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Discussion Starter · #1 ·
I am in the process of building a long mountain to disguise my two level layout changing levels. The wire mesh and plaster of Paris are in in place and its now down to colouring and scenery. Does anyone know of a problem is using very fine top soil to cover the area before adding some "artificial " colours.
My thoughts were to add some fine top soil and then spay a mix of PVC /Water & fairy liquid to try to give the mountain some realism.
Is there any reasons why this cannot be done i.e does the soil decompose or smell after a period. I have looked a various book on adding scenery and have never seen anything that refers to this.
Any good advice would be appreciated
 

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QUOTE (stmartins @ 8 Jan 2009, 21:49) <{POST_SNAPBACK}>I am in the process of building a long mountain to disguise my two level layout changing levels. The wire mesh and plaster of Paris are in in place and its now down to colouring and scenery. Does anyone know of a problem is using very fine top soil to cover the area before adding some "artificial " colours.
My thoughts were to add some fine top soil and then spay a mix of PVC /Water & fairy liquid to try to give the mountain some realism.
Is there any reasons why this cannot be done i.e does the soil decompose or smell after a period. I have looked a various book on adding scenery and have never seen anything that refers to this.
Any good advice would be appreciated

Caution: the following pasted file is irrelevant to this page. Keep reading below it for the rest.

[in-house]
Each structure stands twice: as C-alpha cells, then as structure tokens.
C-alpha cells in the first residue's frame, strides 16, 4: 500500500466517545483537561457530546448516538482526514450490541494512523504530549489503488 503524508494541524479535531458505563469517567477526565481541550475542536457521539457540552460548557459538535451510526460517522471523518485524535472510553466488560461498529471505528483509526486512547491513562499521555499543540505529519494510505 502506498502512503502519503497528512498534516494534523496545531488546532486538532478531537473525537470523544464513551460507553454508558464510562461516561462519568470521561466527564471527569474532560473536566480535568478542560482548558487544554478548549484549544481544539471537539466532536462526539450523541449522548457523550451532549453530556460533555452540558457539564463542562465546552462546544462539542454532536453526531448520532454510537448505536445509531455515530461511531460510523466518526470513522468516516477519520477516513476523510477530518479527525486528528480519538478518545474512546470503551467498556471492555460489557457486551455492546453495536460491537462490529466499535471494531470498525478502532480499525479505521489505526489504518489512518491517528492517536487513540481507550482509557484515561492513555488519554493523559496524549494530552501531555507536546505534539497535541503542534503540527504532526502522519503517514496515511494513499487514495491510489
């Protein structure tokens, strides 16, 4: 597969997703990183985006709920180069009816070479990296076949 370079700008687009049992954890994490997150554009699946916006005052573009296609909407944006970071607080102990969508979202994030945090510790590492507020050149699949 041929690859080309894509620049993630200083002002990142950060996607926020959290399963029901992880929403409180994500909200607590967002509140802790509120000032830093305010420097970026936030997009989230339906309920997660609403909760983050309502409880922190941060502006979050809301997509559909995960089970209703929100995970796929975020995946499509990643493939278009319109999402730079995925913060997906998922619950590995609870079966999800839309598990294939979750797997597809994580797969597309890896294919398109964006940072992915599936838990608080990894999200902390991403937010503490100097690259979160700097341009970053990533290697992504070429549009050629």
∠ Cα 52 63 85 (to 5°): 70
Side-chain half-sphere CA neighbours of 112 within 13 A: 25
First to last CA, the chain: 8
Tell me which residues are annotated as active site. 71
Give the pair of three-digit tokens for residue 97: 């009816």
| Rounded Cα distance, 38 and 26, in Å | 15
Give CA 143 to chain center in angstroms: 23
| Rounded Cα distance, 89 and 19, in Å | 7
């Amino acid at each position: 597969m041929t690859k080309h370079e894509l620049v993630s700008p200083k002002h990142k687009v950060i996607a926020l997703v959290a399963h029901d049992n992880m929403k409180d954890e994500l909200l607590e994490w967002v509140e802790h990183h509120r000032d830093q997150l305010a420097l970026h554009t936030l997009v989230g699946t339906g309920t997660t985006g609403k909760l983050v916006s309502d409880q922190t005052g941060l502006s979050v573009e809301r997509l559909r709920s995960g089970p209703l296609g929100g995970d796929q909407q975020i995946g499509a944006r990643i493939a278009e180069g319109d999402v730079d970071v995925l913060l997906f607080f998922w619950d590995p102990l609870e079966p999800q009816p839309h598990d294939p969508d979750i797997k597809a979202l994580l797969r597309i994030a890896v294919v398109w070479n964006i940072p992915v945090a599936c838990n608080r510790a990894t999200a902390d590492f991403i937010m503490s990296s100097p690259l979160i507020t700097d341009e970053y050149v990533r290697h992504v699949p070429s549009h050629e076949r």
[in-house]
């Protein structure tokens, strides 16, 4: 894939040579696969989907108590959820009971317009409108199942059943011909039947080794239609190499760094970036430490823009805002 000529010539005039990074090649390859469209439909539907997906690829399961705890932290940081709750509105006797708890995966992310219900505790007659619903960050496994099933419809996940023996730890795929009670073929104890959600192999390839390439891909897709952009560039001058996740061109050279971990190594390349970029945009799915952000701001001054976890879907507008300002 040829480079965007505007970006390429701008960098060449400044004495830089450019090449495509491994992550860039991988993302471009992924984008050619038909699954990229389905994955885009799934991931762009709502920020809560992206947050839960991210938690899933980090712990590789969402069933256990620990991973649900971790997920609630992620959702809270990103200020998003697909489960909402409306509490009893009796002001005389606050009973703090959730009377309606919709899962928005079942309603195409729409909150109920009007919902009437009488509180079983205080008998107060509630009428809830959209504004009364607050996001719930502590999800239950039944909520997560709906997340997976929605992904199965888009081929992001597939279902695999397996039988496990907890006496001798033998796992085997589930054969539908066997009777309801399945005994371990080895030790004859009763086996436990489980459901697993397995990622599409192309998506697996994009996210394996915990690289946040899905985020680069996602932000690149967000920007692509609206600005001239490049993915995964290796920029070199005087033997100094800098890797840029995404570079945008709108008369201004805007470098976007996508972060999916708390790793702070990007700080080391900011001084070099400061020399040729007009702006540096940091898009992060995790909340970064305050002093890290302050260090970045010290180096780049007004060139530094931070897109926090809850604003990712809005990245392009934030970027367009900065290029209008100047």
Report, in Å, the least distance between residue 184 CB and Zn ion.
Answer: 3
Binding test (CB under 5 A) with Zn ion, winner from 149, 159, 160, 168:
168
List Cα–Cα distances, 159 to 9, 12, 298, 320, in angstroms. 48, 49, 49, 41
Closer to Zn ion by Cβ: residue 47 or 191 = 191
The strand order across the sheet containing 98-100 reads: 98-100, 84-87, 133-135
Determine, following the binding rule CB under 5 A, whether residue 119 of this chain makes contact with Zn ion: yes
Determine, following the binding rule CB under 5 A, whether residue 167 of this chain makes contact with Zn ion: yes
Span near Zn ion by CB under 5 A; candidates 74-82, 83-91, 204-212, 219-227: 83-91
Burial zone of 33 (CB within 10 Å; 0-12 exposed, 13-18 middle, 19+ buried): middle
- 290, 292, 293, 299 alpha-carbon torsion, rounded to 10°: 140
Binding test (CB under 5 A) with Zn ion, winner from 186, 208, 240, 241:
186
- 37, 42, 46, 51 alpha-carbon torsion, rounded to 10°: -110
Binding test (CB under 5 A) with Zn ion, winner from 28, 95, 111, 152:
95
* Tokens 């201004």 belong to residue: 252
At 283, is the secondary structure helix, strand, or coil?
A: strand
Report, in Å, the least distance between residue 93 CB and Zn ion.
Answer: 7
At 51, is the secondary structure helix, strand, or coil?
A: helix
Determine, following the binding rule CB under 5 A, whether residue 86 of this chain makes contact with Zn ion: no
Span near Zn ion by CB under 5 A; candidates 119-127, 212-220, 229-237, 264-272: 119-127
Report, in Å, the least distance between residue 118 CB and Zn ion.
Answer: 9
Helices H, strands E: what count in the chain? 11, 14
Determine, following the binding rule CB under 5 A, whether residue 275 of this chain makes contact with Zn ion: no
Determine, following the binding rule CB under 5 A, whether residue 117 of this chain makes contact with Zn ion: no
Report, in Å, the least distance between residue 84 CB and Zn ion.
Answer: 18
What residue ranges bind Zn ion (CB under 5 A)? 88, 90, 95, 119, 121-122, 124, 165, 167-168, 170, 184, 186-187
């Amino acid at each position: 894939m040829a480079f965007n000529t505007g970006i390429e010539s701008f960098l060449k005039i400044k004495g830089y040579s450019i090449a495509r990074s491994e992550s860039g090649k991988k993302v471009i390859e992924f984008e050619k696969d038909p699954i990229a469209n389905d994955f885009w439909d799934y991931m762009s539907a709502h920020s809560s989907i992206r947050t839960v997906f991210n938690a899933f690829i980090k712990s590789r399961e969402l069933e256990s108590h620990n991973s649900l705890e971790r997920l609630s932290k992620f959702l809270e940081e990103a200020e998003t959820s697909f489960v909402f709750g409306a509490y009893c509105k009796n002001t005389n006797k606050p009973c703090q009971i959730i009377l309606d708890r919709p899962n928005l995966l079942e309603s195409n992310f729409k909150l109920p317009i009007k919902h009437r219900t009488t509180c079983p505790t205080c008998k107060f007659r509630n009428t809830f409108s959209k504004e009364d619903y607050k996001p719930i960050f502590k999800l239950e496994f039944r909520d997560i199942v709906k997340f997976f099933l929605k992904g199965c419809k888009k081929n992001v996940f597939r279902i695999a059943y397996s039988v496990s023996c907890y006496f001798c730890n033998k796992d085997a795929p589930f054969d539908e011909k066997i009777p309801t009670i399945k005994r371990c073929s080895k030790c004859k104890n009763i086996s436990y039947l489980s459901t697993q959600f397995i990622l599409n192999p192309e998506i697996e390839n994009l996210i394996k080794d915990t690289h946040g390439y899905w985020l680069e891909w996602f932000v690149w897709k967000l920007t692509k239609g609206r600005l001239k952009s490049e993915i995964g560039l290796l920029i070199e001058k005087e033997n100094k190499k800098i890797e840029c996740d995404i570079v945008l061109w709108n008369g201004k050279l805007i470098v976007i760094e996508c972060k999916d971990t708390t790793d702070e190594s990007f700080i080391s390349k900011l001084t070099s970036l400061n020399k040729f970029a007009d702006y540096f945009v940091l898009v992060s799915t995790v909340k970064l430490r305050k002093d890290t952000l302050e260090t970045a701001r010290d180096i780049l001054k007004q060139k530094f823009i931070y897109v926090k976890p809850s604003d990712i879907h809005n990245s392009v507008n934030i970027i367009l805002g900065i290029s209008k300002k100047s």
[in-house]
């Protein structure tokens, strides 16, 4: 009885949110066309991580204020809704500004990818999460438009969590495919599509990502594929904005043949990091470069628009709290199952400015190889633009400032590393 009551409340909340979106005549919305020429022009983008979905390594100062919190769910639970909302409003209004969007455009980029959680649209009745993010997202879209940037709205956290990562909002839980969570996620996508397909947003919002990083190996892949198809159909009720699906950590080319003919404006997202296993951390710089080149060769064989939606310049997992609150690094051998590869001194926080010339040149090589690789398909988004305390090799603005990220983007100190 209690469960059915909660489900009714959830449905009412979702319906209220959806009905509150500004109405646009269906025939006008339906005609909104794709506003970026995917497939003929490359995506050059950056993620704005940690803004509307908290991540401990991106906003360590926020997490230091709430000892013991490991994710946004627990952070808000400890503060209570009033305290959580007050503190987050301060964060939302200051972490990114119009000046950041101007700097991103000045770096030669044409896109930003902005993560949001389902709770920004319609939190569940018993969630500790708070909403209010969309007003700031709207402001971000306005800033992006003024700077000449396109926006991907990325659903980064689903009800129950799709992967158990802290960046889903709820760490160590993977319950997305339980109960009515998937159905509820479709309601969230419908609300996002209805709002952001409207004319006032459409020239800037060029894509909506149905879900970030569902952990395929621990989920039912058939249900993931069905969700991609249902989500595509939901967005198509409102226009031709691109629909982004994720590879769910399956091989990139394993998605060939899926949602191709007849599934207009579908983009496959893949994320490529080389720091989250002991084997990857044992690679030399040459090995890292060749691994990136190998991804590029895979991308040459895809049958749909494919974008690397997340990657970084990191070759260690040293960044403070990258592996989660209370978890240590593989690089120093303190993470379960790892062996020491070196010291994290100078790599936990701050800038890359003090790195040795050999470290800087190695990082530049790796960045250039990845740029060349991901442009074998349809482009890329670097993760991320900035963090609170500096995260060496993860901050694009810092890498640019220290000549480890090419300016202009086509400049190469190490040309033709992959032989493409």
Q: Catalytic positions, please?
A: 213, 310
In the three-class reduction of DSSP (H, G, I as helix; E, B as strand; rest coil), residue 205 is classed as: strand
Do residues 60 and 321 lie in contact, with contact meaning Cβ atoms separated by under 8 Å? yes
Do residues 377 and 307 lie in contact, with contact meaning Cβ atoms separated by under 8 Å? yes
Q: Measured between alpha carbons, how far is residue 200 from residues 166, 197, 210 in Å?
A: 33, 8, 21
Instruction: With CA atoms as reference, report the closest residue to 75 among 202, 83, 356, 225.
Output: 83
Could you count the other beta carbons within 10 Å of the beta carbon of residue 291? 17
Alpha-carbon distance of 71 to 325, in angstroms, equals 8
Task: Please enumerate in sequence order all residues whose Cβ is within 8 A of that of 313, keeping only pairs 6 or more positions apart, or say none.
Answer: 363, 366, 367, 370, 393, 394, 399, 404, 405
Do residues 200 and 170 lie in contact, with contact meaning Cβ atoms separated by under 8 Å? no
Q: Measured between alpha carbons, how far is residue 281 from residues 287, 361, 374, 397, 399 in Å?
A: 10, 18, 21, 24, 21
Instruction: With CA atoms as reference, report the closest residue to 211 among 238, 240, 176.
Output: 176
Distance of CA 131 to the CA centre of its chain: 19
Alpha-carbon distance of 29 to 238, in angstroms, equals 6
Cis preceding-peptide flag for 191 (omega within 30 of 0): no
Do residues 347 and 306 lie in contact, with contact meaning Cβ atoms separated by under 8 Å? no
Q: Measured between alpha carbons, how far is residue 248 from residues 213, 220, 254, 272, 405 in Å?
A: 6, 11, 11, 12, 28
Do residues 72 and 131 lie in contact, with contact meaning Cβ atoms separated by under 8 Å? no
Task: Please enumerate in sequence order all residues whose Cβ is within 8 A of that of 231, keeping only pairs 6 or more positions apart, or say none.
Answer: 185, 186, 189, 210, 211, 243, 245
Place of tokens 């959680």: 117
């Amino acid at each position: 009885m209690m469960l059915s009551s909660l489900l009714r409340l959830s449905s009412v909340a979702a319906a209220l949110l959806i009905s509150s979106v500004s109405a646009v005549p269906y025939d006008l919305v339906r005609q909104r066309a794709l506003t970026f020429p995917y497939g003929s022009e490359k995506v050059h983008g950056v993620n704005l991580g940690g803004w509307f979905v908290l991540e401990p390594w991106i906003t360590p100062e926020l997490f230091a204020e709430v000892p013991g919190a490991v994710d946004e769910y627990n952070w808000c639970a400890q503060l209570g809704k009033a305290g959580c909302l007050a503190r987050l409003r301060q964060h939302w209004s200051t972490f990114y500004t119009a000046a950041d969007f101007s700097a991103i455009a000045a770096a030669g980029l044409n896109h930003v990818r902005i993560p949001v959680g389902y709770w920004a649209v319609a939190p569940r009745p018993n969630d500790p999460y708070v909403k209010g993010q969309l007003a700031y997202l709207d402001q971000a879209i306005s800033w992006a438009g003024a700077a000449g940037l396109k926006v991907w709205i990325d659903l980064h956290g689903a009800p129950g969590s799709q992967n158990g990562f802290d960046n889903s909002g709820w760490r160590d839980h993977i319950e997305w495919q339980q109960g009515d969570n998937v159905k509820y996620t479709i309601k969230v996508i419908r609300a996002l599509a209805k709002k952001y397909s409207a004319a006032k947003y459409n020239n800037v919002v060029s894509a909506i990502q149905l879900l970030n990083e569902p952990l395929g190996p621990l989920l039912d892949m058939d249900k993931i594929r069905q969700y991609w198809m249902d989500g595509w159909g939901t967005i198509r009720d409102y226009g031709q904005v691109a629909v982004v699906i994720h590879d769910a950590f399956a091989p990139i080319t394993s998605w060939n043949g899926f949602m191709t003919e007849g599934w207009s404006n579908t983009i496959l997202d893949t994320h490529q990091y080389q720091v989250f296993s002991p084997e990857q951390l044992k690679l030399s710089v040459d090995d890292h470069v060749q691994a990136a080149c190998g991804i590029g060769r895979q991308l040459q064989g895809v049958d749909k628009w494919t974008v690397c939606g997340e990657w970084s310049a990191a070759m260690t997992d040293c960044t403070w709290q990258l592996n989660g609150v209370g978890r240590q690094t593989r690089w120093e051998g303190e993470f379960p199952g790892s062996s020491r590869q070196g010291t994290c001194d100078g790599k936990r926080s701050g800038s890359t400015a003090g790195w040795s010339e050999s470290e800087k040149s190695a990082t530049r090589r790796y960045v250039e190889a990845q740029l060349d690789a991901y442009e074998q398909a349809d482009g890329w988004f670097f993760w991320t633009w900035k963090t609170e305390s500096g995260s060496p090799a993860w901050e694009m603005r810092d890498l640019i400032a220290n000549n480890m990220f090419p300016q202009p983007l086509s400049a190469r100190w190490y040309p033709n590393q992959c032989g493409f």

The soil could contain organisms which could later cause trouble not to mention the fact that you might have real weeds on your layout. I would paint the plaster surface a brown colour using household emulsion. That would form a good base for further detail work.
 

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*** No reason not to use it - I've done it and it works.

However don't just lift from the garden and use.

It needs to be perfectly dried and seived afterwards to get rid of nasties. A wee while in the microwave + an hour in the oven also kills most organisms (and you too probably if you don't wait till the wife is out :) ).

apply it both before and after artificial stuff - very very sparingly/finely in the last bit to just "tone" and soften the overall look.

Don't mist it too much (if at all) after applying unless you want mud - you will lose the natural soft texture. Best to apply to a damp surface (perhaps weak glue/water mix) and just leave it. Also as Brian said use a neutral gray/brown base painted on under it...not too reddish, as most earth is quite pale/neutral in colour when dry. water based acrylic thinned with meths and water will flow on well and soak in a bit too, killing any smoothness which is waht you want. you could actually dust it straight onto the wet paint - that also works well.